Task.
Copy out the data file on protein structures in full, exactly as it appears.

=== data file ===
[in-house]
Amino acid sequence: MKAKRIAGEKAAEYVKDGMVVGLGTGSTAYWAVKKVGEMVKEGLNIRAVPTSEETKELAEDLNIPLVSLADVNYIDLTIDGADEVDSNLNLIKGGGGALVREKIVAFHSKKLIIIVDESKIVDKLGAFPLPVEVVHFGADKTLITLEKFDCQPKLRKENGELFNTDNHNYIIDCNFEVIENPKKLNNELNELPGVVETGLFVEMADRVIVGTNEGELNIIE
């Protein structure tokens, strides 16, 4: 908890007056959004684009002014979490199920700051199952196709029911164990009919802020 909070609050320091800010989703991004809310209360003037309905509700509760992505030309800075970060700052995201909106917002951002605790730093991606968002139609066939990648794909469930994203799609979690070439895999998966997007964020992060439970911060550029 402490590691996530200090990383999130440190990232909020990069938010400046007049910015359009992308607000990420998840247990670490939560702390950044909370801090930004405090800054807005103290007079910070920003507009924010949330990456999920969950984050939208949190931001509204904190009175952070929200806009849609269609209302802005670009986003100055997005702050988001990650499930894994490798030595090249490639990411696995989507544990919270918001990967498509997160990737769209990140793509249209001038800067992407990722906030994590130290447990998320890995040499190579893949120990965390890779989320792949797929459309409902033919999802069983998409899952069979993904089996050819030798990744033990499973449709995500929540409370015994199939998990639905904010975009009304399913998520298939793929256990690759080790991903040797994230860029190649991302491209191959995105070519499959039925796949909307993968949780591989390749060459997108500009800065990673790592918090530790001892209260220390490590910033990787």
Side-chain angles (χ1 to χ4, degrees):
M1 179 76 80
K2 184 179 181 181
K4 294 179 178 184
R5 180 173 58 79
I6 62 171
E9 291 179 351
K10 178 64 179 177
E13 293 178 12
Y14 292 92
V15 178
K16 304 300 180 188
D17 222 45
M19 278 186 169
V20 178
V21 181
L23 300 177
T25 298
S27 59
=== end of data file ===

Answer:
[in-house]
Amino acid sequence: MKAKRIAGEKAAEYVKDGMVVGLGTGSTAYWAVKKVGEMVKEGLNIRAVPTSEETKELAEDLNIPLVSLADVNYIDLTIDGADEVDSNLNLIKGGGGALVREKIVAFHSKKLIIIVDESKIVDKLGAFPLPVEVVHFGADKTLITLEKFDCQPKLRKENGELFNTDNHNYIIDCNFEVIENPKKLNNELNELPGVVETGLFVEMADRVIVGTNEGELNIIE
């Protein structure tokens, strides 16, 4: 908890007056959004684009002014979490199920700051199952196709029911164990009919802020 909070609050320091800010989703991004809310209360003037309905509700509760992505030309800075970060700052995201909106917002951002605790730093991606968002139609066939990648794909469930994203799609979690070439895999998966997007964020992060439970911060550029 402490590691996530200090990383999130440190990232909020990069938010400046007049910015359009992308607000990420998840247990670490939560702390950044909370801090930004405090800054807005103290007079910070920003507009924010949330990456999920969950984050939208949190931001509204904190009175952070929200806009849609269609209302802005670009986003100055997005702050988001990650499930894994490798030595090249490639990411696995989507544990919270918001990967498509997160990737769209990140793509249209001038800067992407990722906030994590130290447990998320890995040499190579893949120990965390890779989320792949797929459309409902033919999802069983998409899952069979993904089996050819030798990744033990499973449709995500929540409370015994199939998990639905904010975009009304399913998520298939793929256990690759080790991903040797994230860029190649991302491209191959995105070519499959039925796949909307993968949780591989390749060459997108500009800065990673790592918090530790001892209260220390490590910033990787």
Side-chain angles (χ1 to χ4, degrees):
M1 179 76 80
K2 184 179 181 181
K4 294 179 178 184
R5 180 173 58 79
I6 62 171
E9 291 179 351
K10 178 64 179 177
E13 293 178 12
Y14 292 92
V15 178
K16 304 300 180 188
D17 222 45
M19 278 186 169
V20 178
V21 181
L23 300 177
T25 298
S27 59